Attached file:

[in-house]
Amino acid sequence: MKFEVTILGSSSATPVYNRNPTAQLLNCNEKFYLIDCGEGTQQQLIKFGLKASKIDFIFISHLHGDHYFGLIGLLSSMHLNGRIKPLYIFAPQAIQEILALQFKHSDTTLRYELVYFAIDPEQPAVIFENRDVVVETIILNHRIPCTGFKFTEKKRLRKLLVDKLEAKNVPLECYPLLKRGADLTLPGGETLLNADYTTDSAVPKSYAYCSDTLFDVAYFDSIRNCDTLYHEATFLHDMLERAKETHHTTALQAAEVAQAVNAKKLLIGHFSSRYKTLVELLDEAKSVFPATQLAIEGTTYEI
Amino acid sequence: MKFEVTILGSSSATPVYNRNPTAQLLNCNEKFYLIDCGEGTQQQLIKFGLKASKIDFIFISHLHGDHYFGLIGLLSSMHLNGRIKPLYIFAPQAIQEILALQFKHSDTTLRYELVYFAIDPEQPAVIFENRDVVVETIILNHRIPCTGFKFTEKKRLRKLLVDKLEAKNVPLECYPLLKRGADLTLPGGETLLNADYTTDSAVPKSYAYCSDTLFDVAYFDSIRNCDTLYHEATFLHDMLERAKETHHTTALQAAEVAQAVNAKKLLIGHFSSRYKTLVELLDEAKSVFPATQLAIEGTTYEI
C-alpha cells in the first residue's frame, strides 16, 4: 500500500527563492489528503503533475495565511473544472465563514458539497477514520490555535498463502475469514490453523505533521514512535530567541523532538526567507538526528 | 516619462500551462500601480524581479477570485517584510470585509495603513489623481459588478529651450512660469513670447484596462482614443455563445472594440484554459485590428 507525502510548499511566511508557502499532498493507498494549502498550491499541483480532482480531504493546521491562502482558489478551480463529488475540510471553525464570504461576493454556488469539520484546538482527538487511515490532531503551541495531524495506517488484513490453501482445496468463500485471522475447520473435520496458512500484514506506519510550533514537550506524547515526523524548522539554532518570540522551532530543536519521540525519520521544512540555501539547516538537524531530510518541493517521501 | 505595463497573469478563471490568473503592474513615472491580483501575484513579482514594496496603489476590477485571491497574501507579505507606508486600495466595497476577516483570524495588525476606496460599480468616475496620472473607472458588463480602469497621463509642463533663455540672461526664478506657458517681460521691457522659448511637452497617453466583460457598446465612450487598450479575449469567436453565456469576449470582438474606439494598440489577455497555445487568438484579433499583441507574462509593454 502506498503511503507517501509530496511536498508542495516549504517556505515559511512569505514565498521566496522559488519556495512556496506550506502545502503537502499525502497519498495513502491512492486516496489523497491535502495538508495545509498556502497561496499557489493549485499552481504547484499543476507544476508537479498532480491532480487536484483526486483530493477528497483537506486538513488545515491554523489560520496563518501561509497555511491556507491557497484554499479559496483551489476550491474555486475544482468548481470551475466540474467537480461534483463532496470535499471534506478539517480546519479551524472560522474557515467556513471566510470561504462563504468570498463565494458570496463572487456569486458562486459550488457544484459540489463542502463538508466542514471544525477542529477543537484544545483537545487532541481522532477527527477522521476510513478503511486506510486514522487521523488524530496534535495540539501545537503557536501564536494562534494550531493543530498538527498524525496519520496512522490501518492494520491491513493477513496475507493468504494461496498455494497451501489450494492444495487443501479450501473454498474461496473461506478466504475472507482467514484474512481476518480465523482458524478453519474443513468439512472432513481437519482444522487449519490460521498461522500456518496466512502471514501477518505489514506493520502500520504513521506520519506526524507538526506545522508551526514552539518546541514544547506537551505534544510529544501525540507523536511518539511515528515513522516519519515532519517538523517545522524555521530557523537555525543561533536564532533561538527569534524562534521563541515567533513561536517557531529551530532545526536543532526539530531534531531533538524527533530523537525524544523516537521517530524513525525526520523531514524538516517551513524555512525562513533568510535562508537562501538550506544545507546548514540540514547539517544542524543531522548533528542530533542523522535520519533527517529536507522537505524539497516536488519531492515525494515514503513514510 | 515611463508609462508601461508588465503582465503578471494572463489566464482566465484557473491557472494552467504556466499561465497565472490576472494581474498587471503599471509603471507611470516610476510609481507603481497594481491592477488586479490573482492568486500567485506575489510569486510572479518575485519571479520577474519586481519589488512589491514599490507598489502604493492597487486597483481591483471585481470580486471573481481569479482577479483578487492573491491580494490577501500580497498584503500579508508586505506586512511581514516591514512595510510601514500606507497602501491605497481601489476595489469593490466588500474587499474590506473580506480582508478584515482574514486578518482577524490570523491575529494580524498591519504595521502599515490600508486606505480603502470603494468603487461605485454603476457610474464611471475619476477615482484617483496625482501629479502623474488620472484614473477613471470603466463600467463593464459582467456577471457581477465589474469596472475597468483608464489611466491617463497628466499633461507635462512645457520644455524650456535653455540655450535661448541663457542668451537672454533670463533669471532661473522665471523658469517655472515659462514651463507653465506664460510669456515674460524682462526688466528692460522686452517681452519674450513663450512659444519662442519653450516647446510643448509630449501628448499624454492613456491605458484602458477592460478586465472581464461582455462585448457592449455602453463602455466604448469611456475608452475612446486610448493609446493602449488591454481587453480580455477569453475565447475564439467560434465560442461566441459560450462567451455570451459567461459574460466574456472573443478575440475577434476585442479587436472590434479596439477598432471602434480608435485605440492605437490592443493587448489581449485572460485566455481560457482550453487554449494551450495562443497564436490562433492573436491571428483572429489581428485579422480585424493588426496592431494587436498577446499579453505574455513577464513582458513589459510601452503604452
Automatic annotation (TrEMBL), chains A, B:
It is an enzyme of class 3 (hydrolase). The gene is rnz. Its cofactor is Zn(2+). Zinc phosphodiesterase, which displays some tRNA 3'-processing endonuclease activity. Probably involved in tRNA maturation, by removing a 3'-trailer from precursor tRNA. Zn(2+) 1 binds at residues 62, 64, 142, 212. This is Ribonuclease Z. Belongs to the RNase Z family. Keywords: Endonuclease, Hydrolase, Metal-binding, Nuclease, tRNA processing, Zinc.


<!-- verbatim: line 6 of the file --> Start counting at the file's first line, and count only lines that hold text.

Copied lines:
It is an enzyme of class 3 (hydrolase). The gene is rnz. Its cofactor is Zn(2+). Zinc phosphodiesterase, which displays some tRNA 3'-processing endonuclease activity. Probably involved in tRNA maturation, by removing a 3'-trailer from precursor tRNA. Zn(2+) 1 binds at residues 62, 64, 142, 212. This is Ribonuclease Z. Belongs to the RNase Z family. Keywords: Endonuclease, Hydrolase, Metal-binding, Nuclease, tRNA processing, Zinc.